Musicians are arguably the most fun group of people to hang around with! Seriously. Next time you’re at a corporate function that hired a live band, and you are sore from rubbing elbows all evening- Go hang out with the musicians. They’re a good load of fun.

One of the few downsides of hanging out with musicians is when the conversation turns to the music business. Suddenly the mood goes sour and damp. Though incredibly talented, intelligent and hardworking many musicians are, to many, success in the industry is still covered in a mysterious frustrating fog.

Far too often you hear about how the good old days are over. There was a time where gigs were plentiful and well paying. There was a time where trombone players were in such high demand, they were turning more gigs down than were being offered… you get the idea.

Though there is sometimes and element of truth to this… there is still a massive music industry that has a massive demand for live musicians!

It’s time to get down to the basics. Here are the top 3 mistakes musicians have to realize they’re making before they can become better from Christine Occhino

1. Setting unrealistic goals

We all sometimes have delusions of grandeur when it comes to our music careers. But the reality is, we’re not all going to be the Michael Jacksons and Beyonces of the world. And for a good plenty of us who still manage to make a living in music, that’s more than good enough. Once you come to terms with the reality that “making it big” perhaps isn’t what it seems or all it’s cracked up to be, you start seeing your path unfold very naturally before your eyes. Find the place where your passion and the highest chance of financial success intersect, and that is where your aspirations and goals for yourself should truly lie.

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[How to Set Realistic Goals for Your Music Career in 2015]

2. Paying too much for the wrong things (and not enough for the right things)

We all know a ton of “starving musicians.” Heck, we may have even been one ourselves! But that stereotype definitely feeds into the terrible cycle that many artists fall into with not valuing the right things in their music careers. There are some very serious and important things that all musicians must set aside some cash for, and they may not always be what you’d think. For example:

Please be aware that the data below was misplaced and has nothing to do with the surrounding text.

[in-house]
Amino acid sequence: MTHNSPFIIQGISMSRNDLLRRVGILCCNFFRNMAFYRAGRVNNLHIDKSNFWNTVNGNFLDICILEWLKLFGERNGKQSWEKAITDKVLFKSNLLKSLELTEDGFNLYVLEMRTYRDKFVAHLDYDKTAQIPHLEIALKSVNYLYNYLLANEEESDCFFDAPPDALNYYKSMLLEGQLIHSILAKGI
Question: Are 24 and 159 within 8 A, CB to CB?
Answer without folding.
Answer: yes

• the “obvious” choice: shiny, new gear
  • the “better” choice: long-lasting, quality gear
  • the “obvious” choice: bar money for “networking”
  • the “better” choice: money towards marketing materials
  • the “obvious” choice: scrounging together enough mediocre equipment to do a home studio demo recording
  • the “better” choice: ponying up the funds to do a high-quality demo recording in a professional recording studio that meets the expectations required to be taken seriously in the marketplace

It’s a common mistake that musicians make skimping on many important investments while allocating far too much cash in the wrong direction. Think smart, think long-term, and think quality.

3. Not treating your music like a business

This is where we separate the “men from the boys,” so to speak. If music is your hobby, great. Go out there, jam with your buddies, play a few bars, drink a couple beers, and have a ball! However, if you want music to be your career and something you invest in that pays you back along the way, then you’d better get an education and start treating your music like a business.

Otherwise, like with many other things, it’s just a money pit and a most enjoyable waste of time. If you truly want to become better, you’ve got to wise up and get a little savvy with the music business. Learn the financials, understand enough about the legal and contractual sides of things to know what you don’t know, and take your craft seriously.

The more serious you are about your music, the more seriously other people will take you. And hopefully those other people have the cash to buy your album or come see your live show!

Whether it means that you pull a solid team together to make things happen correctly, or assign roles to your bandmates based on their strengths outside of playing, or decide to stock up on your music biz books and tackle the industry solo – you will be much better off and have the highest chances of success once you obtain some important knowledge, gain some experience, and start thinking like an entrepreneur. Because after all, you are your business, and your business is music. Via Hypebot.com

Surgeons and Pigs Feet Prove Music Increases Productivity.

https://www.merriammusic.com/music-productivity-study/Researchers asked15 surgeons to sew up incisions made in dead pigs feet, because theyre most similar to human skin (nice), in their lab. The surgeons had to carry out two identical wound repairs using layered stitches, on two consecutive days.Some had their preferred music on during their first day in the lab some had it on for the second. Music has a great way of getting our mind and body working together in a rhythm. Via merriammusic.com

 

Music Education Drastically Boosts Academic Success

https://www.merriammusic.com/harmony-project-research/It has been proven by countless studies that playing an instrument does wonders for developing brains. We know that it giveschildrens minds the ability to think in ways that significantly improve literacy leading to better academic success in many other areas. This is called neurophysiological distinction, and the fastest way to develop it, is by learning an instrument. Via merriammusic.com